Small yet powerful raptors who possess long tails that may have a notch at the tip. They have distinctly rounded wings and heads which don’t protrude beyond their “wrists” in flight. 

Females of this species are larger than males.

Adult Sharp-Shinned Hawks have slaty-blue grey wings, backs, heads, and backs of necks.

They then boast a vibrant color palette of deep gray hues, contrasted with striking horizontal red-orange bars across the breast, throat, and underneath their head.

In contrast, juvenile birds have much more subtle brown feathers patterned by thick vertical lines on white undersides.

Both young and old Sharp-shinned hawks showcase bold dark bands that adorn their lengthy tails.

This creates an unmistakable profile when they are in flight.

How To Protect Chickens From Chicken Hawks

Now let’s get into the best methods for protecting your chickens from these “chicken hawks” without harming the hawks or causing any legal issues for yourself.

1. Keep Your Chickens in a Run with a Roof

Hawks simply cannot harm your chickens if they are confined to a run with a secure roof on it.

We already made a guide that covers the six best chicken run roof ideas (plus one bad idea).

2. Provide Lots of Covers

If your chickens have a lot of hiding places, they will do much better when free-ranging.

If you were on the fence about mowing that overgrown field, then this is your sign to keep it long.

Tall grasses, shrubs, trees, benches, picnic tables, and even porches and shed make for excellent cover.

These items create good hiding places, but they also allow your chickens to better blend in with their habitat with less risk, to begin with.

3. Keep a Few Aggressive Roosters

aggressive rooster

Some roosters are truly gifted protectors and providers.

If you’re able to, keep at least one mean rooster who has made it his entire mission to protect his land and his hens.

He will stay on high alert at all times, watching the skies for hawks, calling out warnings when they are seen, and then protecting and even fighting birds of prey as needed.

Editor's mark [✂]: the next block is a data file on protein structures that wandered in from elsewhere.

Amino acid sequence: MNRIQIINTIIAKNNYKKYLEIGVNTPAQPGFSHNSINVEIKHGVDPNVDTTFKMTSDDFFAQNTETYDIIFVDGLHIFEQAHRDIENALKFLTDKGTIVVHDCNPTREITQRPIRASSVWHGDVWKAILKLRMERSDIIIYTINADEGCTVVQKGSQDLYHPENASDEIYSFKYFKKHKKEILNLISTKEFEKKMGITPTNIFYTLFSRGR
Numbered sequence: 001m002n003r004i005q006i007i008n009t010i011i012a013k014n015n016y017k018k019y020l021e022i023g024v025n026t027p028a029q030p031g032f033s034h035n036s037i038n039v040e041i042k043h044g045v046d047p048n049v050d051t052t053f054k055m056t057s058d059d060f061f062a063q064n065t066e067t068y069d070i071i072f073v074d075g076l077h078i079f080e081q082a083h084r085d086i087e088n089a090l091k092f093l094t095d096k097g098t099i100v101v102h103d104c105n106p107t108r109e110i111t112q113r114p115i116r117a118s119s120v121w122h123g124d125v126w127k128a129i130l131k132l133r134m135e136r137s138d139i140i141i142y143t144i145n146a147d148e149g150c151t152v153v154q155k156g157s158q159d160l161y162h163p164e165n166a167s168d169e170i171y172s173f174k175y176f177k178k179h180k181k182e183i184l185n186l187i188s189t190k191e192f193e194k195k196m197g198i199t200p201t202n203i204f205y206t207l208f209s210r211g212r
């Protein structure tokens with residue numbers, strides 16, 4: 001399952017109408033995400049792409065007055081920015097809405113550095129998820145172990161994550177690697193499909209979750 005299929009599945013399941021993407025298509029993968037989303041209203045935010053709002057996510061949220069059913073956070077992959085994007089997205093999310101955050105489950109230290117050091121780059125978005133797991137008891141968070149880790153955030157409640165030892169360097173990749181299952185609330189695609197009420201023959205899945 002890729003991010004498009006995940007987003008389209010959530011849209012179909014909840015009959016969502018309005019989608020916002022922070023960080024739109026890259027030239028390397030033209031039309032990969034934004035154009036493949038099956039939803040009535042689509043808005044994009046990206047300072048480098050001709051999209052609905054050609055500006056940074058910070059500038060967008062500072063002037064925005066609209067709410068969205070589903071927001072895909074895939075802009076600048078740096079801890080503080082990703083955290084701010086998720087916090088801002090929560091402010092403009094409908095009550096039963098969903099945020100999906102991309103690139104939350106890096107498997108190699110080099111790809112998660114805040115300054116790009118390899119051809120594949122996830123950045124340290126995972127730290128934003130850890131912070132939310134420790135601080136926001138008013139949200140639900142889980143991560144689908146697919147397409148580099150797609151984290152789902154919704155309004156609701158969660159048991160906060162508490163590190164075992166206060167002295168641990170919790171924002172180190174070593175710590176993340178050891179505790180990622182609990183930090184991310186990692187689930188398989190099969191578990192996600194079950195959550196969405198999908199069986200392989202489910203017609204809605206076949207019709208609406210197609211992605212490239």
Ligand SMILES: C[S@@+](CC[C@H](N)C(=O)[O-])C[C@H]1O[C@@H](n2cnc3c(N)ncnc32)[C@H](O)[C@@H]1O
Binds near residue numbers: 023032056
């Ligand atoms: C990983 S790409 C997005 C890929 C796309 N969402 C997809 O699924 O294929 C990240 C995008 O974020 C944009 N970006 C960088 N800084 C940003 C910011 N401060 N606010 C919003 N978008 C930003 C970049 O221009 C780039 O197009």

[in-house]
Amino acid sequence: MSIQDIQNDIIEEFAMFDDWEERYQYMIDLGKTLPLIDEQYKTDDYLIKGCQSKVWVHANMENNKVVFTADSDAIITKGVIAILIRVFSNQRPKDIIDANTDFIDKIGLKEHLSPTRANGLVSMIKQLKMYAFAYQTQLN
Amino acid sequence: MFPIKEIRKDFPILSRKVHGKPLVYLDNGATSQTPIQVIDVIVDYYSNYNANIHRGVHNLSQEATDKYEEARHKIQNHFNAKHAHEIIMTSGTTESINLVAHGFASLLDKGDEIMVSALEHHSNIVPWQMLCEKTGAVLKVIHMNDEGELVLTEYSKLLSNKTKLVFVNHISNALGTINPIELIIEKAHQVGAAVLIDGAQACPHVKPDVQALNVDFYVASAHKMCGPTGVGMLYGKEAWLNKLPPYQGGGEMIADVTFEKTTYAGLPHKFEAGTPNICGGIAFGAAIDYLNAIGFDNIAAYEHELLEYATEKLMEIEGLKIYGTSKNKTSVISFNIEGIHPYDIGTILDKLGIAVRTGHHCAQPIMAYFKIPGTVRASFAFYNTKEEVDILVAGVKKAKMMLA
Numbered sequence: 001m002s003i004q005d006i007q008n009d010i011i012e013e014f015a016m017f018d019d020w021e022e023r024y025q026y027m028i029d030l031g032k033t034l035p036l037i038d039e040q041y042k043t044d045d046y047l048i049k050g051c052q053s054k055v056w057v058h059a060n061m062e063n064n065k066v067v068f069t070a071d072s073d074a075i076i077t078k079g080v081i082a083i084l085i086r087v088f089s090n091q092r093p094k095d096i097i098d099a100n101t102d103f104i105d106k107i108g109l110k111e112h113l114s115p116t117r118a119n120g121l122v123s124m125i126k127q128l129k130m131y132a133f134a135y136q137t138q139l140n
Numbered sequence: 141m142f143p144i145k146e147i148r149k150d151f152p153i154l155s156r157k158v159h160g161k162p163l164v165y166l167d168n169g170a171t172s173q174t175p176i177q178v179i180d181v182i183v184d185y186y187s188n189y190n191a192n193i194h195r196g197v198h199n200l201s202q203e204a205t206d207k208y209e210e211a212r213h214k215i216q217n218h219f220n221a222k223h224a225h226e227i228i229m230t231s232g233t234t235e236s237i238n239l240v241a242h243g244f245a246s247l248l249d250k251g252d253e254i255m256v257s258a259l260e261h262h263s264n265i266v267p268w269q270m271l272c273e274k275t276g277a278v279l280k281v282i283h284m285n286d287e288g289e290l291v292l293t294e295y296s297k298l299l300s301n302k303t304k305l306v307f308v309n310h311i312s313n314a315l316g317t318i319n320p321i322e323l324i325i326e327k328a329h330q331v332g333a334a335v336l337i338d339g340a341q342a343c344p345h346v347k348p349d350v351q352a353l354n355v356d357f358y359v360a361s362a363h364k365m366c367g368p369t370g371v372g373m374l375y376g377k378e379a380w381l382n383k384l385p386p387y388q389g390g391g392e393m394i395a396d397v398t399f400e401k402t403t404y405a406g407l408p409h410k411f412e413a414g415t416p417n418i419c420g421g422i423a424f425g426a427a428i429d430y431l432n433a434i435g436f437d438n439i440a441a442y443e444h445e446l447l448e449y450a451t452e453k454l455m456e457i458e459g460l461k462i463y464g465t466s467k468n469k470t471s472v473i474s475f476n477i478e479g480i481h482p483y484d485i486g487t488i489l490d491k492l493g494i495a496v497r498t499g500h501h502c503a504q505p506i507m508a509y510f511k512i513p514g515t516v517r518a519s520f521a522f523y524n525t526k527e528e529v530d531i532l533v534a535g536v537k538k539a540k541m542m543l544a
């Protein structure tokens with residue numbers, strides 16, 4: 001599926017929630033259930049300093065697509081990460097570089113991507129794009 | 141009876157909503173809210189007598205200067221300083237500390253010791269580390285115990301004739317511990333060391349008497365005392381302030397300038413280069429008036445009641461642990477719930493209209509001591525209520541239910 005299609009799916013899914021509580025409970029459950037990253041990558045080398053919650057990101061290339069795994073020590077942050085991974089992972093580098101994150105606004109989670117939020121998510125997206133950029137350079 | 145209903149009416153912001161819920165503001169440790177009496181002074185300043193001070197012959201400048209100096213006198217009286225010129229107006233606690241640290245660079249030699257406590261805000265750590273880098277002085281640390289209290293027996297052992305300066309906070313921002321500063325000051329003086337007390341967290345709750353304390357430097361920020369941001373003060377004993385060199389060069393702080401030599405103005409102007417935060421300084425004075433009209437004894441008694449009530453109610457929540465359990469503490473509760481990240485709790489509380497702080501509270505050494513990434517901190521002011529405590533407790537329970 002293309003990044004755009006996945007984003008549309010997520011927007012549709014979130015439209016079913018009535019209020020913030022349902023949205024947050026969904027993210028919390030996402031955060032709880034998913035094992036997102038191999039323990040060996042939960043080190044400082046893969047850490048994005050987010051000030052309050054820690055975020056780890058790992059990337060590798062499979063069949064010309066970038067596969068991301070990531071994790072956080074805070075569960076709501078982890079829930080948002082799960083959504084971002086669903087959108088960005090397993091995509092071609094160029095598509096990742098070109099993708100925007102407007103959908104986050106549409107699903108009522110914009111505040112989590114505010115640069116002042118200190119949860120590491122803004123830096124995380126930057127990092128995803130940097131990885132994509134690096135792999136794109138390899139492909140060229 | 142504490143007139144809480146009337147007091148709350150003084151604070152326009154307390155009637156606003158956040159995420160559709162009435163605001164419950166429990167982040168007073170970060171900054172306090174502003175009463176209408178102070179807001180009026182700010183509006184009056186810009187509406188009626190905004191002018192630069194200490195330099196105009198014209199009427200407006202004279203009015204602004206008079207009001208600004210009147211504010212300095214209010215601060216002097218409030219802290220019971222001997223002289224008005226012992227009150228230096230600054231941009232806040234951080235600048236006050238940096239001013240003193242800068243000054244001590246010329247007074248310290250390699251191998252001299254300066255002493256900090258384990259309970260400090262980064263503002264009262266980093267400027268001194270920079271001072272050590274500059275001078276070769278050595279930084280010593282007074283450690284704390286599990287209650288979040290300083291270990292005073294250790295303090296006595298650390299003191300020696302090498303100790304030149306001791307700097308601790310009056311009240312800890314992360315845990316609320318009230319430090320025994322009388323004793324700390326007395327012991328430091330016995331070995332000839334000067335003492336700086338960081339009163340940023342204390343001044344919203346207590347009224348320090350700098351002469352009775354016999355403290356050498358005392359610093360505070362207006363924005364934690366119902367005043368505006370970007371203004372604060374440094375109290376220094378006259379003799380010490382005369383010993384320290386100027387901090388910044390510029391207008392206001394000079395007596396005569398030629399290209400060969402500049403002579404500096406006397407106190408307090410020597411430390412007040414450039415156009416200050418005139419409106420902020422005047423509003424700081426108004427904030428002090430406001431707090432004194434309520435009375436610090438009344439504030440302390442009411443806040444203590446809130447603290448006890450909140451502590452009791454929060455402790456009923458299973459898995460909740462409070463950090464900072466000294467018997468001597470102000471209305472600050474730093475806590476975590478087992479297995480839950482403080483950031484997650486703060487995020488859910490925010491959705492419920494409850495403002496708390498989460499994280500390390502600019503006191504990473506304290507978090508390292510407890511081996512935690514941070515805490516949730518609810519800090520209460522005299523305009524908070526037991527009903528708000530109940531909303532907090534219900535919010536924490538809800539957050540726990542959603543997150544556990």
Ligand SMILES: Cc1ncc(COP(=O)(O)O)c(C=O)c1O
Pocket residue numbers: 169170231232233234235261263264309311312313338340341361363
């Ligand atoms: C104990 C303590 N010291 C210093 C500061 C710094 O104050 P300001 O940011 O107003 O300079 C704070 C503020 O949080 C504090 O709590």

RELATED: Best Chicken Breeds for Predators

4. Limit Free-Range Time

The less time your chickens have outside, the fewer chances your local wildlife will have to nab them up.

If you’re concerned about predators, wait until a few hours before sunset to let your chickens out of their coop and run.

They will spend this time outside but happily put themselves back inside as dusk falls.

Most people are off of work in the evenings too. This will allow you to supervise your chickens as they get their much-appreciated outside time in.

5. Add Chicken Breeds That Resemble Ravens or Crows

Hawks do not want to tango with ravens or crows, so add in a few black chicken breeds to mimic these natural foes.

Here is a list of black chicken breeds that will likely help you out here.

6. Cover the Chicken Feeders and Waterers

Hawks aren’t interested in chicken feed, but they are interested in “sitting ducks” who are preoccupied with food and water.

If possible, keep the feeding and watering stations either inside the coop or outside in the run, under a secure roof.

Hawks like to have the element of surprise whenever possible, so take that factor away whenever possible.

7. Use Scarecrows and Decoy Owls

Even if you can’t be around all the time, it doesn’t mean that you can’t put off the illusion that you are!

Make a scarecrow or two, and then have fun moving them all over your property at random.

Hawks will understand that if the scarecrow stays in one location for too long (more than a day or two or three), then it is fake.

Even though hawks hunt during daylight while owls hunt at night, you can use owl decoys to push hawks and other predators away.

They do their best not to interfere with other birds’ hunting grounds.

If you can make them think that your place has already been “claimed” by a different bird, then you can prevent lots of injuries and deaths to your chicken flock.

Chicken Hawks – Final Thoughts

Predators and preys live in the world for a reason; learning how to coexist is important.

And chicken hawks, inasmuch as they’re a terror for us chicken owners, also have their own purpose and role in this world.

Instead of hunting them down, there are a lot of measures we can take to protect our flock, instead!

READ NEXT: Chicken Predators: Signs of Attack and Prevention

One thought on “All About Chicken Hawks 

  1. I lost two chickens recently to a hawk. One was my bantam English fighting rooster and who was defending my Banti hen from the hawk . I started out with a scarecrow in the chicken yard that I moved around at least once a week. Over time I got complacent. The scarecrow rotted and fell apart, but I left the remains sitting in a chair for the hens to hide under. And then the attack happened. After reading all of the normal ways to protect the flock, I bought an air dancer. I also bought extra colors of dancers to change out and move the air dancer twice a week. So far it is working very well, but in a high wind the dancer can not stay in the air. I got a full sized aggressive barred rock rooster to put in the pen. However in the high winds, the Hawks probably have trouble hunting too. That’s when the rooster will hopefully protect the flock. My chicken run is large and will be extremely difficult to cover it.